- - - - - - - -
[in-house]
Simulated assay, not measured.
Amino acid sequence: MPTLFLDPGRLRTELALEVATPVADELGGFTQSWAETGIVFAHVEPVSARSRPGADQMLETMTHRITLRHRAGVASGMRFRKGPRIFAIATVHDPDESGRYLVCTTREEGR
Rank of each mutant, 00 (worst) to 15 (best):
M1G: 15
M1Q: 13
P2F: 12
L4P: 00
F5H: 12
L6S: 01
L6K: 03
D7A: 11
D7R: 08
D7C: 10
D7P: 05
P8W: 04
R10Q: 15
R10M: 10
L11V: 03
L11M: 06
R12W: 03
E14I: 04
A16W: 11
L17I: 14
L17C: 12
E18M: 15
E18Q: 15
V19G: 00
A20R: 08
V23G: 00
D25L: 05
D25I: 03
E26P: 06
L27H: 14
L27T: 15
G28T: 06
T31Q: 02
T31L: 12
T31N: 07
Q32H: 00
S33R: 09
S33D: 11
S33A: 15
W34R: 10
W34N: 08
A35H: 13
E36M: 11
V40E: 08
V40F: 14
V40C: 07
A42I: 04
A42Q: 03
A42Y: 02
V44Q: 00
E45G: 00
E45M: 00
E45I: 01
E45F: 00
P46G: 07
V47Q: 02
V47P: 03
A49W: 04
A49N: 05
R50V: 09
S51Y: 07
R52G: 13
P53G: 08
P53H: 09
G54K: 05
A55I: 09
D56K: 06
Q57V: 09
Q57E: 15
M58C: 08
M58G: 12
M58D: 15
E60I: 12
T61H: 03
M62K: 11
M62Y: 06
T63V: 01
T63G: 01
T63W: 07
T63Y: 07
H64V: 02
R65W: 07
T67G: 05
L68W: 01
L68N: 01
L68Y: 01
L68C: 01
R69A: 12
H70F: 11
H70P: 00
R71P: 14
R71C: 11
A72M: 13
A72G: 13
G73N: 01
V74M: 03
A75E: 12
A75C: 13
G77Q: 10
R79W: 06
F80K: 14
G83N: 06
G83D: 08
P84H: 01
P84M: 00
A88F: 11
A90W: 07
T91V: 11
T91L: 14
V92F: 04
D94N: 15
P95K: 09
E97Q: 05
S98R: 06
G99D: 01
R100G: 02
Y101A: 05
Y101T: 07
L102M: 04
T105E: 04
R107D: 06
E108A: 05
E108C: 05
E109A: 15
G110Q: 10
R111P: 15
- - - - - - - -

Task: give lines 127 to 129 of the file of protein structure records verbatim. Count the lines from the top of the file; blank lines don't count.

E108C: 05
E109A: 15
G110Q: 10